The two candidates appeared separately at Messiah College near Harrisburg, Pa., and briefly met as Clinton left the stage and Obama took her place. The moment of pleasantries and handshakes belied days of angry accusations between the two over Obama’s comments about bitter voters in small towns.

Asked whether life begins at conception, Obama said he didn’t know the answer.

“This is something that I have not, I think, come to a firm resolution on. I think it’s very hard to know what that means, when life begins. Is it when a cell separates? Is it when the soul stirs? … What I know, as I’ve said before, is that there is something extraordinarily powerful about potential life and that that has a moral weight to it that we take into consideration when we’re having these debates.”

Clinton is a Methodist. Obama is a member of the United Church of Christ.

Source: Fox News

Senator Clinton when come to her position on the issue of when life begins “after great, you know, concern and searching my own mind and heart over many years.”  Senator Obama still hasn’t come to a resolution.

The problem with Senator Clinton position lies in where she is going, as a “person of faith”, for answers to her questions.  You won’t find the answer in your own heart and mind. 

For both of the candidates the Bible is pretty clear regarding our personhood and provides a direct answer as to when life begins.  There shouldn’t be mass confusion over this for people who claim to follow Jesus Christ.  Life begins at conception, and our personhood is a reality before conception when one reads Psalm 139.

Plainly put, a position that holds that life does not begin at conception quite frankly is not scriptural and is an inconsistent view for a follower of Christ.

A question that I would have for Senator Obama, if he is unclear as to when life begins would he have a policy that is so anti-life when it comes to preborn children; even so far as voting against Illinois’ Born Alive Infant Protection Act that would protect children who survived an abortion?  That seems inconsistent with the answer he gives us during this forum.  His votes seem to say his mind is made up regarding this matter.

Another thing that Senator Clinton said that I feel needs to be addressed.

“For me, it is also not only about a potential life. It is about the other lives involved.”

The compassion argument, after all this is the “Compassion Forum”.  Often times those on the left when appealing to Christian voters will point out Jesus’ Sermon on the Mount.  For instance:

“Blessed are the merciful, for they shall receive mercy,” (Matthew 5:7, ESV).

The noun, mercy, in the Greek is eleos, this word when used in the Bible always deals with what we see of pain, misery, and distress.  The results of sin.  It doesn’t mean turning a blind eye to sin, but does mean extending relief, healing and help to those broken by sin.  Why?  Because we are broken by sin, as the very first beatitude states, “Blessed are the poor in spirit, for they shall receive the Kingdom of God,” (Matthew 5:4, ESV).  (To hear recent sermons I’ve preached on the Beatitudes you can go here for part one and here for part two).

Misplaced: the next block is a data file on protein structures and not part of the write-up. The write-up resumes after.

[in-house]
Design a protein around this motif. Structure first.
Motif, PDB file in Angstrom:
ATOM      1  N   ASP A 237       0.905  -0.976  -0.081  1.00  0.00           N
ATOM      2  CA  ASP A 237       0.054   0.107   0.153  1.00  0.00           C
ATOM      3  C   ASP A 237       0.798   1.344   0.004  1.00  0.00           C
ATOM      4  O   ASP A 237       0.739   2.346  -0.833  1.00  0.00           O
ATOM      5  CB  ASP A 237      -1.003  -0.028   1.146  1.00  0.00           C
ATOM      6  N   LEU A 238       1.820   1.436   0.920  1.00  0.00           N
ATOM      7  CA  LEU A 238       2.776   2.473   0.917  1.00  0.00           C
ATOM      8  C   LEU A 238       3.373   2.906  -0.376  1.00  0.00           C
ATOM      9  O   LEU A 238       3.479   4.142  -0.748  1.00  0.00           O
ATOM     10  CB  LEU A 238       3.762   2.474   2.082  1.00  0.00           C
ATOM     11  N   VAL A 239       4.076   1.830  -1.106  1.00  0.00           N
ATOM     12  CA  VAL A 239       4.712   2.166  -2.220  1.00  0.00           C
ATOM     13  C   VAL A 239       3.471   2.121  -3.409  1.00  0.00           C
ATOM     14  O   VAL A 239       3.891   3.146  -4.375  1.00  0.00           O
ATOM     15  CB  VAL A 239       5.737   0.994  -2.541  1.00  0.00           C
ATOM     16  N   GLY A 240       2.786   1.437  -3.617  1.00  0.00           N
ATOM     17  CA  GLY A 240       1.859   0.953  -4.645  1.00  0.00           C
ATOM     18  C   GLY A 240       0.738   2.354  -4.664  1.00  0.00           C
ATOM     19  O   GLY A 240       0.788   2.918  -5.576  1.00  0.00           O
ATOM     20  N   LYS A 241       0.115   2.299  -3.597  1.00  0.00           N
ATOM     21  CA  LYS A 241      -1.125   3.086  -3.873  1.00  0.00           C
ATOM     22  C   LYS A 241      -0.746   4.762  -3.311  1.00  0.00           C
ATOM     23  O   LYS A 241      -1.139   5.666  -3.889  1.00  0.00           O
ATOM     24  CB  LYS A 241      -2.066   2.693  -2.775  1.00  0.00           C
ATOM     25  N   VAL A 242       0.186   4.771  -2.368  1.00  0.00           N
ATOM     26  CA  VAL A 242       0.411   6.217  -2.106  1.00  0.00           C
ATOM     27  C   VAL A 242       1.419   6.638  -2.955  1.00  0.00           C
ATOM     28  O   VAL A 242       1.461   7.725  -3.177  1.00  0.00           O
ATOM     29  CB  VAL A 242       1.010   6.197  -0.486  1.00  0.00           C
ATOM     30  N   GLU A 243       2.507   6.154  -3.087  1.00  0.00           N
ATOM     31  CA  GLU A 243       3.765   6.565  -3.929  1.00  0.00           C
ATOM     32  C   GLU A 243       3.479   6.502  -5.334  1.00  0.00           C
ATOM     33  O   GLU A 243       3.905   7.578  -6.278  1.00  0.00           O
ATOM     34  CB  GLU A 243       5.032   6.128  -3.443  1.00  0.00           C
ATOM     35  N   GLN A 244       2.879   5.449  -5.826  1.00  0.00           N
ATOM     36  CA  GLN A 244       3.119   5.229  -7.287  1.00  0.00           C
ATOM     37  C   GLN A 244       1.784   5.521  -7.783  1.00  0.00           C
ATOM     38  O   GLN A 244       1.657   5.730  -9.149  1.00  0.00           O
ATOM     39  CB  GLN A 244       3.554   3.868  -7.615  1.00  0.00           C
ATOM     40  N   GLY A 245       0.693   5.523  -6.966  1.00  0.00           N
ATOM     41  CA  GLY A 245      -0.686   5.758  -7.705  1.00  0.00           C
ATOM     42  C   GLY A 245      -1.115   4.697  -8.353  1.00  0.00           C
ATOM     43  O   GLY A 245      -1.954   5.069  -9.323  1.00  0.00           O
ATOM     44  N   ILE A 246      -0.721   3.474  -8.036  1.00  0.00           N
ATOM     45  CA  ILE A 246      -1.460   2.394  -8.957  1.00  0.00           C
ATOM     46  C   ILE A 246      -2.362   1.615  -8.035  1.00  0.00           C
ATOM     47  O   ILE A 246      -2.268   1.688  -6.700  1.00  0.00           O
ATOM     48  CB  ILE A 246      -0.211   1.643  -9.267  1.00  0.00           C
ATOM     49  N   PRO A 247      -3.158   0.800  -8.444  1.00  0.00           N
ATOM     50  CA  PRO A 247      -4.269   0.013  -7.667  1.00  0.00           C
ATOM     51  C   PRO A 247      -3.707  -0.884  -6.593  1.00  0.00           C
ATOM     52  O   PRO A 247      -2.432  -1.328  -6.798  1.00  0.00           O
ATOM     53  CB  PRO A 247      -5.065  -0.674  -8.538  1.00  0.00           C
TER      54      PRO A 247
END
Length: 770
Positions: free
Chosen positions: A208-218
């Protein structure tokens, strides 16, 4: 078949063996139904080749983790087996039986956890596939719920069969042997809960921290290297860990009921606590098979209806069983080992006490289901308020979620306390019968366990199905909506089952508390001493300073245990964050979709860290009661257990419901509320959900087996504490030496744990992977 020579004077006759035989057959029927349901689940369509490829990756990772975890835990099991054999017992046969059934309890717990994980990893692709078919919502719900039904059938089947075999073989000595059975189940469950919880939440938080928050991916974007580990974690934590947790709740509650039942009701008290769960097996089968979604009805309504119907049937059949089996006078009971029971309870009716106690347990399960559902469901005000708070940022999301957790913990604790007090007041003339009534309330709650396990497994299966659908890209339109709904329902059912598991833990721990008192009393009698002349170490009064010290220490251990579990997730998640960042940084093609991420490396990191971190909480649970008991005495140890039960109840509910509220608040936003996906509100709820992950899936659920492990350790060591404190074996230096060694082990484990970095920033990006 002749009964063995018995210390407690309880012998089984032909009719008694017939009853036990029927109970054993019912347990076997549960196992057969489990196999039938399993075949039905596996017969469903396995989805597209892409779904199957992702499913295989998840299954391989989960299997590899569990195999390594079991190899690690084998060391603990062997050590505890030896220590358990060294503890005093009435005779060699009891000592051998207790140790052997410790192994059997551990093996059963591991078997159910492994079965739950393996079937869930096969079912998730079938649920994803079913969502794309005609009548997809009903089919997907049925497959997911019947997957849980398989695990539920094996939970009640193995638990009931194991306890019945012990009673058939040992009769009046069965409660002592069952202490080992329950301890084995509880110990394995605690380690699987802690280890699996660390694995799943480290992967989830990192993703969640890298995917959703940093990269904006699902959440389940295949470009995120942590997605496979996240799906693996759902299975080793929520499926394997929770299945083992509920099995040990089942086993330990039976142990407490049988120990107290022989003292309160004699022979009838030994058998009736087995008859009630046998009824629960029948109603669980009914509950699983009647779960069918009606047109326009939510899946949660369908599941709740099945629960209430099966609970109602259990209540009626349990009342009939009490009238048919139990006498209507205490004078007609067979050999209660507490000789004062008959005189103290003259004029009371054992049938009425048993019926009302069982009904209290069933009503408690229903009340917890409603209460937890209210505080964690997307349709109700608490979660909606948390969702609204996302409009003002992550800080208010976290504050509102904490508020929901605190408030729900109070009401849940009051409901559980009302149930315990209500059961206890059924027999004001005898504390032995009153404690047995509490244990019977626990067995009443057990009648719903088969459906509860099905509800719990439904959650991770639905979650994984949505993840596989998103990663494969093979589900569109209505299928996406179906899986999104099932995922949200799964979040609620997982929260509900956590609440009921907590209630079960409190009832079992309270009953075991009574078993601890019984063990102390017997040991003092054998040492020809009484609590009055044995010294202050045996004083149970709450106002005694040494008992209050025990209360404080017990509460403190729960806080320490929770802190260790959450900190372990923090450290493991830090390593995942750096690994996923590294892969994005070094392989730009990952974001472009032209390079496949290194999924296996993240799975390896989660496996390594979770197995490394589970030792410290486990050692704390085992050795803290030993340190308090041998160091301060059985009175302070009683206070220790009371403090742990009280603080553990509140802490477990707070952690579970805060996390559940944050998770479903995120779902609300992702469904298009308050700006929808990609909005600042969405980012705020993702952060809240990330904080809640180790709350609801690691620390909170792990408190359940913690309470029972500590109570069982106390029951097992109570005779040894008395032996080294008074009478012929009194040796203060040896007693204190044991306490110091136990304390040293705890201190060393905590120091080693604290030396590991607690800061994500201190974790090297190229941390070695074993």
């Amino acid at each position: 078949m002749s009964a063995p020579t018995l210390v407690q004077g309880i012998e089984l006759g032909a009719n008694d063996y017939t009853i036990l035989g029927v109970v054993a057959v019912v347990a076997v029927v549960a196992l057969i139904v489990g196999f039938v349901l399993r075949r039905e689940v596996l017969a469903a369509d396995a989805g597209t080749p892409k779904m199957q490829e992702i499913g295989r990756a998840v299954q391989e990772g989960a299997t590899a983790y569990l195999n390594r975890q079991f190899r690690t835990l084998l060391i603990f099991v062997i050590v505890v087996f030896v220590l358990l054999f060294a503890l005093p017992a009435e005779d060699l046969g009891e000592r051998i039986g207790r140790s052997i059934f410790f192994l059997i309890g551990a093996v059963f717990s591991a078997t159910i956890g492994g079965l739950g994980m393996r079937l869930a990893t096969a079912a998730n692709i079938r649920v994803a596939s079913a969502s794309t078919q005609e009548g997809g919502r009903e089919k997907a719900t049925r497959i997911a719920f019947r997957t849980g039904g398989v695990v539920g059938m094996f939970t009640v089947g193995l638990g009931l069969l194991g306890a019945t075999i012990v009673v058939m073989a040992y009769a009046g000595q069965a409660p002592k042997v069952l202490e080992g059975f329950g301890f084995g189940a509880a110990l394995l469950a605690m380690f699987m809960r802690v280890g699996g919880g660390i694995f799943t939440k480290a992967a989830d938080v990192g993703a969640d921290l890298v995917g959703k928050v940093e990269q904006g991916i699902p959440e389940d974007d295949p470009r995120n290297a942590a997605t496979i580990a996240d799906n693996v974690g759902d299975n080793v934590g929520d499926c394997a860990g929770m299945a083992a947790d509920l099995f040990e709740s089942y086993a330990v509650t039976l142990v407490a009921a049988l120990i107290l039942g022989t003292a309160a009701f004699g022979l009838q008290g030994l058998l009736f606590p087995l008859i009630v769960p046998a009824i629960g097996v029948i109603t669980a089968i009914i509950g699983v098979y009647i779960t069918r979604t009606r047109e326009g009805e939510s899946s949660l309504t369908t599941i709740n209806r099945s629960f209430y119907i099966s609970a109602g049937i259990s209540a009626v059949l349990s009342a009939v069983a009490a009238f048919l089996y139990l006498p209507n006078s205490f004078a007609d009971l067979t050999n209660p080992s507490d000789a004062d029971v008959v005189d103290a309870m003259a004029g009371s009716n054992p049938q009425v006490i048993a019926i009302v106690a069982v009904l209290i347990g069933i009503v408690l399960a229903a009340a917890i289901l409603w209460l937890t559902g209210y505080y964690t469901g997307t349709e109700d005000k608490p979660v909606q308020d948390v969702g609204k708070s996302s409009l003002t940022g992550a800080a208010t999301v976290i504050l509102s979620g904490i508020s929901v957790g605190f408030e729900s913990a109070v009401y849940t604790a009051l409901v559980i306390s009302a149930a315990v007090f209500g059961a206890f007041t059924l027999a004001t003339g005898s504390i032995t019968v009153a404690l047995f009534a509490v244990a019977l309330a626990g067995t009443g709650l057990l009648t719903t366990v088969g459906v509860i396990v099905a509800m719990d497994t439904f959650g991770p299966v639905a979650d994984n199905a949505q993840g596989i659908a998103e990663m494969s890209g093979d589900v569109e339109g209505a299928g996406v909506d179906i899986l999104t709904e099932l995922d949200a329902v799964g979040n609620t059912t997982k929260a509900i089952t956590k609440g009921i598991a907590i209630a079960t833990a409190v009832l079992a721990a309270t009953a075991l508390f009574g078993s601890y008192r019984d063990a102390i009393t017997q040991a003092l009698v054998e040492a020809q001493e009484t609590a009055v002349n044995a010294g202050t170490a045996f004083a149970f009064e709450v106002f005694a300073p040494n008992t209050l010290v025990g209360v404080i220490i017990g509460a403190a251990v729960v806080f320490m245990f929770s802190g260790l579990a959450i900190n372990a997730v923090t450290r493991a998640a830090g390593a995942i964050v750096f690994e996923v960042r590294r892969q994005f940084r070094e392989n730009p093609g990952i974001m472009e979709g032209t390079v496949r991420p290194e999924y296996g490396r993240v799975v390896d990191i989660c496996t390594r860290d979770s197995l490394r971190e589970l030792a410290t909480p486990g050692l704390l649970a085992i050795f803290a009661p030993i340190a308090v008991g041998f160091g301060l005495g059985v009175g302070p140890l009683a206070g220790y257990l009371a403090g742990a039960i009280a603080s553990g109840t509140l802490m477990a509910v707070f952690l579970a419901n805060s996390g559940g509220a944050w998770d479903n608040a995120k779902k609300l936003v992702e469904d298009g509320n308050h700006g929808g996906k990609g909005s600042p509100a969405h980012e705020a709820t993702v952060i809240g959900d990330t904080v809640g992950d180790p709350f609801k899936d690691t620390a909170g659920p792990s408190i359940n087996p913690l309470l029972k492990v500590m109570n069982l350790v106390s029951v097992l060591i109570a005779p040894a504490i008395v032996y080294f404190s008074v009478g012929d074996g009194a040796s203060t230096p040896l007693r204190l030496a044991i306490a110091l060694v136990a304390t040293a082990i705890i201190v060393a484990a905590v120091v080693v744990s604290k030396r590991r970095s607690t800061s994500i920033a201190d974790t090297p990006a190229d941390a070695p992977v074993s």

Jesus showed great mercy and compassion for the woman caught in adultery, but even told her to “sin no more,” (John 8:11).  When looked upon the crowds and had compassion on them because they were “harassed and helpless, like sheep without a shepherd,” (Matthew 9:36).

I guess the question to ask is are we really being compassionate to those who are facing an unexpected pregnancy by allowing abortion?  I don’t think so, mercy doesn’t mean allowance for sin and compassion shouldn’t create victims which abortion does.

If mercy is relieving pain, misery and distress how is it merciful to add to that pain, misery and distress?  Which is exactly what abortion does when you look at the potential complications and risks involved in an abortion, when you look at what it could possibly do to the mother’s chances to become pregnant again after having an abortion, and looking at the mental health of those who have abortions.

No it seems to be that if Senator Clinton is looking at the other lives involved she would advocate: less red tape involving adoption and federal aid to help those wanting to adopt, less money to abortion providers and more to crisis pregnancy centers and maternity homes, and abstinence-based sex education to help prevent unexpected pregnancies (which actually works unlike “comprehensive” sex education).

Also Senator Clinton uses the phrase tossed around during her husband’s administration that abortion should be safe, legal and rare.  I think a good case has been made that abortion is not safe for mothers (and definitely not safe for the pre-born children).  It is legal, but the the 1973 Roe v. Wade decision that legalized abortion is bad constitutional law and should be overturned.  Regarding rare… 50 million since 1973 would hardly count as being rare.

I guess people of faith in Pennsylvania need to ask themselves if Clinton and Obama’s position on abortion matches up with their values.  I would say not.

(If you want to read more on a Biblical framework for the pro-life position, check out my Against Abortion series of posts.)

Cross-posted at Red Blue Christian and From Their Own Mouths.